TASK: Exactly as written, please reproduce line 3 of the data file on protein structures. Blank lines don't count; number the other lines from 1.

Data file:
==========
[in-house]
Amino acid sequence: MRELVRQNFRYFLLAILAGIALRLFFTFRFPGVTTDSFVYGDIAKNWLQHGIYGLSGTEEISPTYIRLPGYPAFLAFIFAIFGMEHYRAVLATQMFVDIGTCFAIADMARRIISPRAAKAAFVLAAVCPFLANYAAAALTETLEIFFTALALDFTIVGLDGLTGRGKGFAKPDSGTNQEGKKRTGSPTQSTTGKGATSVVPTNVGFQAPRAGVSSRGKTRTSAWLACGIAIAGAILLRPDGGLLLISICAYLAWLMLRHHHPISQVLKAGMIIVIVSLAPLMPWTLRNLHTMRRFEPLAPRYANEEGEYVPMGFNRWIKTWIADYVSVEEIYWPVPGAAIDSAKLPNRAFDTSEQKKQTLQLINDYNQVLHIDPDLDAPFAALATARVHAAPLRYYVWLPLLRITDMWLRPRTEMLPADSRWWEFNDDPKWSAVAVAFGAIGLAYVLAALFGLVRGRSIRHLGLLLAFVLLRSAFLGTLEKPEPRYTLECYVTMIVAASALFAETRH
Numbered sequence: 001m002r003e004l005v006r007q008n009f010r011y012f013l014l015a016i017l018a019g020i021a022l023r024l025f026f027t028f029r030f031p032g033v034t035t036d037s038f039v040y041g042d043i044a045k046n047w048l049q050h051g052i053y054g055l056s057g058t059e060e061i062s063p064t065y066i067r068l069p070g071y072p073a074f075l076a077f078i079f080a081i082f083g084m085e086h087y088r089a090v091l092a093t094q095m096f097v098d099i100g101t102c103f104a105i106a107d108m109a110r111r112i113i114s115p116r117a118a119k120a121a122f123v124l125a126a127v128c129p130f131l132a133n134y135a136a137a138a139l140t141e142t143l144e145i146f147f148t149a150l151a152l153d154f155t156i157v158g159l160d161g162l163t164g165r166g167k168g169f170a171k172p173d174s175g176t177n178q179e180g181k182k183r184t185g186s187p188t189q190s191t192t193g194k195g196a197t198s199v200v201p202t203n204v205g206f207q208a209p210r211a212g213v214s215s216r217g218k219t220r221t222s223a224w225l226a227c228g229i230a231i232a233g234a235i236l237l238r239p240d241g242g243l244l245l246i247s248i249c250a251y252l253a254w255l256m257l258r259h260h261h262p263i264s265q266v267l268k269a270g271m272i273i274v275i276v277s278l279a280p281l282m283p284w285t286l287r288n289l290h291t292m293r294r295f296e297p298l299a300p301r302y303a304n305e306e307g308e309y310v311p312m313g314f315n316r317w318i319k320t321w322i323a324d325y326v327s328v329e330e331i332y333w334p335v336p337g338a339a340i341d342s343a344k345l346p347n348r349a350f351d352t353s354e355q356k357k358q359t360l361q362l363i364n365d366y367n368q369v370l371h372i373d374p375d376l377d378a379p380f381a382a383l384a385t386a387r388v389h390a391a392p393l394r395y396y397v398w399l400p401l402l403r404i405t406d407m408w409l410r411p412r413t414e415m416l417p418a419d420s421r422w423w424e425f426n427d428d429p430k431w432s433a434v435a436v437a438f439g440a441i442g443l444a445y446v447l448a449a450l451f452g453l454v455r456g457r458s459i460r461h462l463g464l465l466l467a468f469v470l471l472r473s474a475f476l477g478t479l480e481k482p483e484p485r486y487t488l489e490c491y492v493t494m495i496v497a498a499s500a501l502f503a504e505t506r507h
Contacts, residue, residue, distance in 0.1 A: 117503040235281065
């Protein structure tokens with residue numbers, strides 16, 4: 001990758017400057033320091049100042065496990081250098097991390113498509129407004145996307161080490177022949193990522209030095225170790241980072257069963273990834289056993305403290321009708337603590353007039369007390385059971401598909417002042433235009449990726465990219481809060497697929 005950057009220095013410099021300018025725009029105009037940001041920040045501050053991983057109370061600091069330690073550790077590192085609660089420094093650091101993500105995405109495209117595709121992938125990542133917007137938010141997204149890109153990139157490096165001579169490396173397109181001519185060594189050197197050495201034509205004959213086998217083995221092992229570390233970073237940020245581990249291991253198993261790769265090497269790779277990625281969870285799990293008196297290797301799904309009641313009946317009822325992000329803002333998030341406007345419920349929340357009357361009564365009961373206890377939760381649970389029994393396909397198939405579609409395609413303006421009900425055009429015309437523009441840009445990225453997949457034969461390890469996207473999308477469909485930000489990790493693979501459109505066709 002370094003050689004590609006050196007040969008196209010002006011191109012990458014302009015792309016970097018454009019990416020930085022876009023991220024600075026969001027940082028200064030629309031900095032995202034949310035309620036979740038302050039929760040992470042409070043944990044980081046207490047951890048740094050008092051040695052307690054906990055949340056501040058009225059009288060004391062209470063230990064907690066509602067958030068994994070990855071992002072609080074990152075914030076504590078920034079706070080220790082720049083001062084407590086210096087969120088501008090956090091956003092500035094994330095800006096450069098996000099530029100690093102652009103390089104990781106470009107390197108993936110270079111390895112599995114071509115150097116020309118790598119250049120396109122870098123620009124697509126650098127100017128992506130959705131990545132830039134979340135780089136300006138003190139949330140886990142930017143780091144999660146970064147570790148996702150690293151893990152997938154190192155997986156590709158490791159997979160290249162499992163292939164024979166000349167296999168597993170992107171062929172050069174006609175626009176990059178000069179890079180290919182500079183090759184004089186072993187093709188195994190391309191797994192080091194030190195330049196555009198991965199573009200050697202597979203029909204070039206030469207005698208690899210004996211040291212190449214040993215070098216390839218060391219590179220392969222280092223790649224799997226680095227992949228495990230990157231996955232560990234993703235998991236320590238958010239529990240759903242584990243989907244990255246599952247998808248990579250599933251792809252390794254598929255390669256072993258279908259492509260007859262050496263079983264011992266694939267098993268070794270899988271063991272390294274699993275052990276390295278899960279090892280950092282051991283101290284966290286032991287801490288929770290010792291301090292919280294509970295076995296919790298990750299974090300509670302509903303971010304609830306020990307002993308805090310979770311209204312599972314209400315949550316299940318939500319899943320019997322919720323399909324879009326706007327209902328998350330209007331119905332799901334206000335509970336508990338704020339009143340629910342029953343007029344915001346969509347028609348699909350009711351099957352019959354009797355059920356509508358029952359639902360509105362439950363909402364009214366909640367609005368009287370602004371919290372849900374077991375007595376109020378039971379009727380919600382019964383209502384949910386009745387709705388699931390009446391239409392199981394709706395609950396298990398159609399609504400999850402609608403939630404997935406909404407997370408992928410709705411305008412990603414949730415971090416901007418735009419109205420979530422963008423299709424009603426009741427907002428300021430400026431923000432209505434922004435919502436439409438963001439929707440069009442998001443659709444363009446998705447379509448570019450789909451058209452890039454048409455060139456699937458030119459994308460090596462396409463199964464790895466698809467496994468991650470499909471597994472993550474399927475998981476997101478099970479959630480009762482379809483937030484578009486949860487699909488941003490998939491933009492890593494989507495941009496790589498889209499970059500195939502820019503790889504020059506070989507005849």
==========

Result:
Numbered sequence: 001m002r003e004l005v006r007q008n009f010r011y012f013l014l015a016i017l018a019g020i021a022l023r024l025f026f027t028f029r030f031p032g033v034t035t036d037s038f039v040y041g042d043i044a045k046n047w048l049q050h051g052i053y054g055l056s057g058t059e060e061i062s063p064t065y066i067r068l069p070g071y072p073a074f075l076a077f078i079f080a081i082f083g084m085e086h087y088r089a090v091l092a093t094q095m096f097v098d099i100g101t102c103f104a105i106a107d108m109a110r111r112i113i114s115p116r117a118a119k120a121a122f123v124l125a126a127v128c129p130f131l132a133n134y135a136a137a138a139l140t141e142t143l144e145i146f147f148t149a150l151a152l153d154f155t156i157v158g159l160d161g162l163t164g165r166g167k168g169f170a171k172p173d174s175g176t177n178q179e180g181k182k183r184t185g186s187p188t189q190s191t192t193g194k195g196a197t198s199v200v201p202t203n204v205g206f207q208a209p210r211a212g213v214s215s216r217g218k219t220r221t222s223a224w225l226a227c228g229i230a231i232a233g234a235i236l237l238r239p240d241g242g243l244l245l246i247s248i249c250a251y252l253a254w255l256m257l258r259h260h261h262p263i264s265q266v267l268k269a270g271m272i273i274v275i276v277s278l279a280p281l282m283p284w285t286l287r288n289l290h291t292m293r294r295f296e297p298l299a300p301r302y303a304n305e306e307g308e309y310v311p312m313g314f315n316r317w318i319k320t321w322i323a324d325y326v327s328v329e330e331i332y333w334p335v336p337g338a339a340i341d342s343a344k345l346p347n348r349a350f351d352t353s354e355q356k357k358q359t360l361q362l363i364n365d366y367n368q369v370l371h372i373d374p375d376l377d378a379p380f381a382a383l384a385t386a387r388v389h390a391a392p393l394r395y396y397v398w399l400p401l402l403r404i405t406d407m408w409l410r411p412r413t414e415m416l417p418a419d420s421r422w423w424e425f426n427d428d429p430k431w432s433a434v435a436v437a438f439g440a441i442g443l444a445y446v447l448a449a450l451f452g453l454v455r456g457r458s459i460r461h462l463g464l465l466l467a468f469v470l471l472r473s474a475f476l477g478t479l480e481k482p483e484p485r486y487t488l489e490c491y492v493t494m495i496v497a498a499s500a501l502f503a504e505t506r507h